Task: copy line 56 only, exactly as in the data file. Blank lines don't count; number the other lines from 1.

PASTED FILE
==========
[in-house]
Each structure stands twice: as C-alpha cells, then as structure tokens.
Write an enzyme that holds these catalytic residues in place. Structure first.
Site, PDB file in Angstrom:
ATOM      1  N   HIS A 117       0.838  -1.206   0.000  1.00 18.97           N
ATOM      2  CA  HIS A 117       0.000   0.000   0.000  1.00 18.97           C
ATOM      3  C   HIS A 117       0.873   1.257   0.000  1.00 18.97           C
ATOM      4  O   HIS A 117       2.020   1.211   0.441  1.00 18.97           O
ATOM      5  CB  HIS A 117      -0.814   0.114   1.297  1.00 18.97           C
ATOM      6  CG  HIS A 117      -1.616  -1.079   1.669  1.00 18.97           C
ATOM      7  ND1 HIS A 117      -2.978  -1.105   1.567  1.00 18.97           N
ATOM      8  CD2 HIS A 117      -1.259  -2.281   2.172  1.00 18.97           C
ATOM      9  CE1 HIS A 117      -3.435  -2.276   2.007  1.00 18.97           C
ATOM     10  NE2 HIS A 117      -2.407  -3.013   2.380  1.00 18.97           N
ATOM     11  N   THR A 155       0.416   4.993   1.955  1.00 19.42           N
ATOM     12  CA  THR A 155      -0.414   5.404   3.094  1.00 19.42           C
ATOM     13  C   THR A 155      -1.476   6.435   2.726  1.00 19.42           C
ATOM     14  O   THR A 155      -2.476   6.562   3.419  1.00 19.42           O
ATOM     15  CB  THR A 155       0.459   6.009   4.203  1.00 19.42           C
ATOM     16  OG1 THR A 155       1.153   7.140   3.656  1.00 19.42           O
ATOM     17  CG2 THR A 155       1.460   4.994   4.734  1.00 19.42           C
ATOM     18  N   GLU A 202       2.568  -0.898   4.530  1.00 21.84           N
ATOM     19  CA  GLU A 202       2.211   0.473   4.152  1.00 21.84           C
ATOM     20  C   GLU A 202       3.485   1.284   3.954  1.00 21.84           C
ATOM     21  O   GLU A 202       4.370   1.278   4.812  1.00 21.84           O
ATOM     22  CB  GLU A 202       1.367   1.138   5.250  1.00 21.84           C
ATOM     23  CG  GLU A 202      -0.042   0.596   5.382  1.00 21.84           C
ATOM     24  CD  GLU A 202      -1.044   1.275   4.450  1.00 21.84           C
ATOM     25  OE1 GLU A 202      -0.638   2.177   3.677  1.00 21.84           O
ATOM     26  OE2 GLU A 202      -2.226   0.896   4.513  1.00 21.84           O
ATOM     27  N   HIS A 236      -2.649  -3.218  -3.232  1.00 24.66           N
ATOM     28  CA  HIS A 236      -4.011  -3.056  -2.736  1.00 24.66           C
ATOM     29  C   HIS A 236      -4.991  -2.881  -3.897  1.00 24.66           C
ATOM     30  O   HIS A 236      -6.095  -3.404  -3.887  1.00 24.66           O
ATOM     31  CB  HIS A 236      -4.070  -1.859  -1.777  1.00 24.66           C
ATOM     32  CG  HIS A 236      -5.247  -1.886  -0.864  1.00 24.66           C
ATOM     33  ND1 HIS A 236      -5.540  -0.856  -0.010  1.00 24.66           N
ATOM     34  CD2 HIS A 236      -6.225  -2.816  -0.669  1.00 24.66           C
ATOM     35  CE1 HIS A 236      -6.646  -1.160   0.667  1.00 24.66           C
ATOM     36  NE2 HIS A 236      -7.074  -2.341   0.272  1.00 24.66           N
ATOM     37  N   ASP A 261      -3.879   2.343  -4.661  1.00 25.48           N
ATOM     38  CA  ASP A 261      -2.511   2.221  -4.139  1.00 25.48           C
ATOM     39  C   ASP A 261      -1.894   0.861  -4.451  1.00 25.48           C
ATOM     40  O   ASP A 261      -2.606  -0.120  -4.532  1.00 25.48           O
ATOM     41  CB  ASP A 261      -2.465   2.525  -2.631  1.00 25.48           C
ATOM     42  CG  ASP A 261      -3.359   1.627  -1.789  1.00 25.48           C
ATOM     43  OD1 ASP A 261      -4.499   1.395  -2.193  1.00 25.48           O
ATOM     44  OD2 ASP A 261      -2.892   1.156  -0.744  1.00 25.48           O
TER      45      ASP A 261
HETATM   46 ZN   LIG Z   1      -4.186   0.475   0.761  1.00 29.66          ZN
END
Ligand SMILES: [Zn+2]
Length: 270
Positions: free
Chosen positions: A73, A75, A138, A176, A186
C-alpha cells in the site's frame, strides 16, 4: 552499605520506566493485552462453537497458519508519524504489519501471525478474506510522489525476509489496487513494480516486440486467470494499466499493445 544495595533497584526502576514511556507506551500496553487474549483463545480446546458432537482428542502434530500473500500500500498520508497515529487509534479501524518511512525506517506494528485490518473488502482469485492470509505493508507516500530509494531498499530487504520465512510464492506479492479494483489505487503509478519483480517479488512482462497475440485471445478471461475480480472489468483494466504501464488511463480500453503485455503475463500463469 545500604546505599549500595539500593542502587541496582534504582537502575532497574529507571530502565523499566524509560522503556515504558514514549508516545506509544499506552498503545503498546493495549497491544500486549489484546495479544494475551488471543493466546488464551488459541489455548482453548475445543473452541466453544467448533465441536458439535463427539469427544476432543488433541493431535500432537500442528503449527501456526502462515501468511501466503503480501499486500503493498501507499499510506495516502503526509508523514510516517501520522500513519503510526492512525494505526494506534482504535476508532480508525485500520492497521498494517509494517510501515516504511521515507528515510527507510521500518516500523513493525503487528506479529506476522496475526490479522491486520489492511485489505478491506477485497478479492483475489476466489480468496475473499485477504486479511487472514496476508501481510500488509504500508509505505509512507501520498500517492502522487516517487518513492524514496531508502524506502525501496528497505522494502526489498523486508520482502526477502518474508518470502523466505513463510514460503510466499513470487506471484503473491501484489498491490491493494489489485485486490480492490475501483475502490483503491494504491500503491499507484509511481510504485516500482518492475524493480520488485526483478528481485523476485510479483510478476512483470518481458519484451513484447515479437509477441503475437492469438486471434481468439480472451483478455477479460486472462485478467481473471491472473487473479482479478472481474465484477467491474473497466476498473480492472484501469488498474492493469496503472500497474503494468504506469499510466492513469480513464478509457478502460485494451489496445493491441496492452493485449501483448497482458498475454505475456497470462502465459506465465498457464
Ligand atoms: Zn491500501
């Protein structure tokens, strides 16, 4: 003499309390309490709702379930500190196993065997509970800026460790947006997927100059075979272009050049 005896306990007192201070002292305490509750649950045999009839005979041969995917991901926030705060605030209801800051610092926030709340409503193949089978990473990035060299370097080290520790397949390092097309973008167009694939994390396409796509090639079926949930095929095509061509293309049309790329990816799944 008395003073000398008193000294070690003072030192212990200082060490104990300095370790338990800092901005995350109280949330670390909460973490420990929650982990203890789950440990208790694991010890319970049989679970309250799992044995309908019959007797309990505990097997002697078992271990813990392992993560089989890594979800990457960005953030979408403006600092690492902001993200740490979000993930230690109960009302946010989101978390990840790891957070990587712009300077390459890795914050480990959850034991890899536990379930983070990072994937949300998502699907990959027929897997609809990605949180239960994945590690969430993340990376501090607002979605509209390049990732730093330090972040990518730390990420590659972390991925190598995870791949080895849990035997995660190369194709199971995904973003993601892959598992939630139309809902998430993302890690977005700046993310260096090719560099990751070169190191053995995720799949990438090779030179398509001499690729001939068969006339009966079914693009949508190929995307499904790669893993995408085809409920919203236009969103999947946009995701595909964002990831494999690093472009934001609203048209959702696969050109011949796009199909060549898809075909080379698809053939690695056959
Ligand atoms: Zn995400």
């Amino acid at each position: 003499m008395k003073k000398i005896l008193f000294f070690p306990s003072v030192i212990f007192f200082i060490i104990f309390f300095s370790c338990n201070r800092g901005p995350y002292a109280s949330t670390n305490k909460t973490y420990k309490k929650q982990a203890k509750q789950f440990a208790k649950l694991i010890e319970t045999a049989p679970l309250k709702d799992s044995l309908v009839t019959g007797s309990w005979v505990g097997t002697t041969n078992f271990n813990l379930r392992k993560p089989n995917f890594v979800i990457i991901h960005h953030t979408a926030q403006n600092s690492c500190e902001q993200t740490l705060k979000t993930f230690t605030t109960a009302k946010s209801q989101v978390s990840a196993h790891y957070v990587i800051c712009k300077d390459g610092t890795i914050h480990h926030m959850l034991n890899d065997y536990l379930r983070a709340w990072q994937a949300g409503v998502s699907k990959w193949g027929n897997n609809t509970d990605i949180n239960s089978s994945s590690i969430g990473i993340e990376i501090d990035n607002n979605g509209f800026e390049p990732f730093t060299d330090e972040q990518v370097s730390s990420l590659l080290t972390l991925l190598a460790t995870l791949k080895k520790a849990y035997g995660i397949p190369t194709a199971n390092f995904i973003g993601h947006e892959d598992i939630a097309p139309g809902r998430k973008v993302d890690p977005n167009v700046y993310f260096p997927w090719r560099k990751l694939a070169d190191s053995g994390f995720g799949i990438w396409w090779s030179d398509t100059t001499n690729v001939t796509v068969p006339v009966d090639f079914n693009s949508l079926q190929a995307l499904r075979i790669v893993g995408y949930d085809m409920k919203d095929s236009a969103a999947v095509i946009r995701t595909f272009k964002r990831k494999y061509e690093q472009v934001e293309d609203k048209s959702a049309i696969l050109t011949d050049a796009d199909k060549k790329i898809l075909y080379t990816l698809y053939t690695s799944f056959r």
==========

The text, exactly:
C-alpha cells in the site's frame, strides 16, 4: 552499605520506566493485552462453537497458519508519524504489519501471525478474506510522489525476509489496487513494480516486440486467470494499466499493445 544495595533497584526502576514511556507506551500496553487474549483463545480446546458432537482428542502434530500473500500500500498520508497515529487509534479501524518511512525506517506494528485490518473488502482469485492470509505493508507516500530509494531498499530487504520465512510464492506479492479494483489505487503509478519483480517479488512482462497475440485471445478471461475480480472489468483494466504501464488511463480500453503485455503475463500463469 545500604546505599549500595539500593542502587541496582534504582537502575532497574529507571530502565523499566524509560522503556515504558514514549508516545506509544499506552498503545503498546493495549497491544500486549489484546495479544494475551488471543493466546488464551488459541489455548482453548475445543473452541466453544467448533465441536458439535463427539469427544476432543488433541493431535500432537500442528503449527501456526502462515501468511501466503503480501499486500503493498501507499499510506495516502503526509508523514510516517501520522500513519503510526492512525494505526494506534482504535476508532480508525485500520492497521498494517509494517510501515516504511521515507528515510527507510521500518516500523513493525503487528506479529506476522496475526490479522491486520489492511485489505478491506477485497478479492483475489476466489480468496475473499485477504486479511487472514496476508501481510500488509504500508509505505509512507501520498500517492502522487516517487518513492524514496531508502524506502525501496528497505522494502526489498523486508520482502526477502518474508518470502523466505513463510514460503510466499513470487506471484503473491501484489498491490491493494489489485485486490480492490475501483475502490483503491494504491500503491499507484509511481510504485516500482518492475524493480520488485526483478528481485523476485510479483510478476512483470518481458519484451513484447515479437509477441503475437492469438486471434481468439480472451483478455477479460486472462485478467481473471491472473487473479482479478472481474465484477467491474473497466476498473480492472484501469488498474492493469496503472500497474503494468504506469499510466492513469480513464478509457478502460485494451489496445493491441496492452493485449501483448497482458498475454505475456497470462502465459506465465498457464